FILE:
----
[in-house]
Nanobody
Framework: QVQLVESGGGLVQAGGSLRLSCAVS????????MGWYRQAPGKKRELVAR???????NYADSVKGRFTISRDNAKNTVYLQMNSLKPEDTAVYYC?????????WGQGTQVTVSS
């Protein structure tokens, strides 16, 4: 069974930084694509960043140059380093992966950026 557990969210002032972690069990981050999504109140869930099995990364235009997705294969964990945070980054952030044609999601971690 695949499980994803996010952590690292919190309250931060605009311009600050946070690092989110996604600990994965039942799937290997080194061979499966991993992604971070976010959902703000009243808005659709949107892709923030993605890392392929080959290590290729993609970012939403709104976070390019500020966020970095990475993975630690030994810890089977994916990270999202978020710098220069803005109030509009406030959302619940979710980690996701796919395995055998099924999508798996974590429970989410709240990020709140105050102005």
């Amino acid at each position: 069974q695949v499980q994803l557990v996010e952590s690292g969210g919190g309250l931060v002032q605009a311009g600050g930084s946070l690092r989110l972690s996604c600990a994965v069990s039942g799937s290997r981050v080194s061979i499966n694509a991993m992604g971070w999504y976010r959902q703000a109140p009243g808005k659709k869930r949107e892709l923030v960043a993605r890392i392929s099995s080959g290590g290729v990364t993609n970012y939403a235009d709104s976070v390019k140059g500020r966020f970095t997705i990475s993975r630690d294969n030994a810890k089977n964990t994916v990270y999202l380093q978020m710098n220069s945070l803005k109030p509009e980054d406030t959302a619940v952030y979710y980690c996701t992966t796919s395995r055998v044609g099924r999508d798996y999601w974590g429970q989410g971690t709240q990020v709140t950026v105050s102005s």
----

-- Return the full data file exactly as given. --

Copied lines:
[in-house]
Nanobody
Framework: QVQLVESGGGLVQAGGSLRLSCAVS????????MGWYRQAPGKKRELVAR???????NYADSVKGRFTISRDNAKNTVYLQMNSLKPEDTAVYYC?????????WGQGTQVTVSS
């Protein structure tokens, strides 16, 4: 069974930084694509960043140059380093992966950026 557990969210002032972690069990981050999504109140869930099995990364235009997705294969964990945070980054952030044609999601971690 695949499980994803996010952590690292919190309250931060605009311009600050946070690092989110996604600990994965039942799937290997080194061979499966991993992604971070976010959902703000009243808005659709949107892709923030993605890392392929080959290590290729993609970012939403709104976070390019500020966020970095990475993975630690030994810890089977994916990270999202978020710098220069803005109030509009406030959302619940979710980690996701796919395995055998099924999508798996974590429970989410709240990020709140105050102005």
């Amino acid at each position: 069974q695949v499980q994803l557990v996010e952590s690292g969210g919190g309250l931060v002032q605009a311009g600050g930084s946070l690092r989110l972690s996604c600990a994965v069990s039942g799937s290997r981050v080194s061979i499966n694509a991993m992604g971070w999504y976010r959902q703000a109140p009243g808005k659709k869930r949107e892709l923030v960043a993605r890392i392929s099995s080959g290590g290729v990364t993609n970012y939403a235009d709104s976070v390019k140059g500020r966020f970095t997705i990475s993975r630690d294969n030994a810890k089977n964990t994916v990270y999202l380093q978020m710098n220069s945070l803005k109030p509009e980054d406030t959302a619940v952030y979710y980690c996701t992966t796919s395995r055998v044609g099924r999508d798996y999601w974590g429970q989410g971690t709240q990020v709140t950026v105050s102005s």